PACFLT Postal Advisor Briefs Address Standardization

Base Info
141020-N-ZK360-037 SOUTH CHINA SEA (Oct. 20, 2014) Sailors aboard the Nimitz-class aircraft carrier USS George Washington (CVN 73) move mail to the hangar bay. George Washington and its embarked air wing, Carrier Air Wing (CVW) 5, provide a combat-ready force that protects and defends the collective maritime interests of the U.S. and its allies and partners in the Indo-Asia-Pacific region. (U.S. Navy photo by Mass Communication Specialist Seaman Loni Mae Lopez/Released)
141020-N-ZK360-037 SOUTH CHINA SEA (Oct. 20, 2014) Sailors aboard the Nimitz-class aircraft carrier USS George Washington (CVN 73) move mail to the hangar bay. George Washington and its embarked air wing, Carrier Air Wing (CVW) 5, provide a combat-ready force that protects and defends the collective maritime interests of the U.S. and its allies and partners in the Indo-Asia-Pacific region. (U.S. Navy photo by Mass Communication Specialist Seaman Loni Mae Lopez/Released)

PACFLT Postal Advisor Briefs Address Standardization

by: Sky M. Laron, NAVSUP FLC Yokosuka Director of Corporate Communications | .
Fleet Activities Yokosuka | .
published: February 19, 2015

YOKOSUKA, Japan – Imagine slinging dozens of mail bags carrying letters and packages totaling hundreds of pounds. Now, imagine doing that on a daily basis, aboard a ship, at sea. This is what the logistics specialists (LS) assigned to ships patrolling the 7th Fleet area of responsibility (AOR) do for their shipmates, ensuring they get a piece of home, during deployment.

Naval Supply Systems Command (NAVSUP) Fleet Logistics Center (FLC) Yokosuka hosted a training event for postal petty officers, postal officers as well as supply officers Feb. 5 onboard Yokosuka Naval Base, which enabled the U.S. Pacific Fleet (PACFLT) postal officer to brief the logistics Sailors on address standardization, the new Navy Fleet Post Office (FPO) addresses for ships, mobile units and ashore FPOs, which are being converted to an address format compatible with the U.S. Postal Service's (USPS) address system.

“The fact that PACFLT Postal Officer, Master Chief Logistics Specialist Salvatore Beneventano, was available to brief all of Forward Deployed Naval Forces (FDNF) on the Navy's address standardization initiative says to everyone this initiative is important and we need everyone's full cooperation in order to succeed,” said Otilio Santos, NAVSUP FLC Yokosuka Regional Postal Manager. “The waterfront was enthusiastic to receive his brief as was evident by the great turnout and the attendees were very receptive to the brief and asked great questions an indication that they want to get address standardization correct for their commands and shipmates.”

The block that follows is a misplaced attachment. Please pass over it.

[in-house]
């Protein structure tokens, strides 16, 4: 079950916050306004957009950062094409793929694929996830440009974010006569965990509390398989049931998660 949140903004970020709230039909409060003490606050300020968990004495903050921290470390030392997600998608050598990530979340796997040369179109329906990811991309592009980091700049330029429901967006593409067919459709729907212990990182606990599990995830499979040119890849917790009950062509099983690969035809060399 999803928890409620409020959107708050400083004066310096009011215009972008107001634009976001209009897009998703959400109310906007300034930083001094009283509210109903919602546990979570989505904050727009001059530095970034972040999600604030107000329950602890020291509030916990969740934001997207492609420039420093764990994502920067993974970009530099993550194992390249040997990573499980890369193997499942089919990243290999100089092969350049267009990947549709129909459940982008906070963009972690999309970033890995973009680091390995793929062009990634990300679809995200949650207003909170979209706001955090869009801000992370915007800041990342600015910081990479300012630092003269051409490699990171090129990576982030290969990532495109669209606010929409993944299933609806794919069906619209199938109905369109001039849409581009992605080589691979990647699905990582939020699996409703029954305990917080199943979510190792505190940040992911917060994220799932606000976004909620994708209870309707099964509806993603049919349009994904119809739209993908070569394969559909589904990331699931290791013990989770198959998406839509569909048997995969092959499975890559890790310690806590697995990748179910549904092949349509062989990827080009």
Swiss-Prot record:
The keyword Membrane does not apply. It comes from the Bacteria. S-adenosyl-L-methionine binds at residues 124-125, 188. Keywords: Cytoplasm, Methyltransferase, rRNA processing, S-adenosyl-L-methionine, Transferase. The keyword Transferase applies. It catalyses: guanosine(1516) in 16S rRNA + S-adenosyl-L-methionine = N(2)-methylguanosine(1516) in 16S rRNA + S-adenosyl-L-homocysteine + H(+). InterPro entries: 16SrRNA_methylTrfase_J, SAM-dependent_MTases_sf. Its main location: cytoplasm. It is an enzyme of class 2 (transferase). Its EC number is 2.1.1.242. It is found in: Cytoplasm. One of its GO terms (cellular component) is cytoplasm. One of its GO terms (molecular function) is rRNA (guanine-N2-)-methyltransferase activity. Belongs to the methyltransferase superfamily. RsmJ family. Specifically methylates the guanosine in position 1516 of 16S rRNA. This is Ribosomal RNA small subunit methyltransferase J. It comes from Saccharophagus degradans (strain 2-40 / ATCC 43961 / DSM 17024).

The new format for ships and mobile units is as follows:

Line 1: Name
Line 2: Ship or Mobile Unit name
Line 3: Ship or Mobile Unit number, box number
Line 4: FPO (AP, AE, AA) ZIP code (5 digits only)

Each unique unit number identifies a command while the box number identifies the individual Sailor. By making these changes the Navy will now have addresses recognized by the USPS as residential rather than commercial, which will eliminate much of the manual sorting that takes place and allows the USPS to leverage technology and utilize their automated sorting system, saving time and money.

The new standardization will improve service to the customer as well as allow that customer to utilize the online change of address at USPS.com, said Beneventano.

Beneventano added that it is still the crew’s responsibility to contact all their mailers with any change of address and follow postal procedures during check-in and check-out.

In a high-tech world of instant messages, tweets and emails, the act of receiving a letter or package in the mail still goes a long way in support of forward deployed fleet forces and their families.

Thanks to the postal personnel at NAVSUP FLC Yokosuka, who provide around-the-clock postal services to a wide variety of supported commands, ensuring the timely delivery of mail, within the region, logistics specialists across the fleet have been educated and better equipped to support their shipmates.

Rest assured that the LS Sailor hoisting and slinging those large yellow bags of mail for everyone on the ship, from the Commanding Officer to the newest Seaman Recruit, is going to ensure delivery of that little piece of home sooner than before.

NAVSUP FLC Yokosuka, one of eight fleet logistics centers under NAVSUP Global Logistics Support (GLS), is the Western Pacific region's largest U.S. Navy logistics command, headquartered just 26 miles due south of Tokyo, the enterprise networks more than 20 sites from Misawa, Japan, to Sydney, Australia; Diego Garcia in the Indian Ocean to Guam with a mission to serve the Asia Pacific Region’s forward deployed maritime warfighter with around-the-clock logistics support.

The NAVSUP and Navy Supply Corps team as a whole shares one mission -- to deliver sustained global logistics and quality-of-life support to the Navy and joint warfighter. NAVSUP/Navy Supply Corps' diverse team of more than 25,000 civilian and military personnel oversee a diverse portfolio including supply chain management for material support to Navy, Marine Corps, joint and coalition partners, supply operations, conventional ordnance, contracting, resale, fuel, transportation, security assistance, and quality-of-life issues for our naval forces, including food service, postal services, Navy Exchanges, and movement of household goods. The NAVSUP/Navy Supply Corps team forms a vast network of professionals who deliver unparalleled products and services to customers in the fleet and across the world.

For more news from Naval Supply Systems Command, visit www.navy.mil/local/navsup/.

Tags: Yokosuka Naval Base, Base Info
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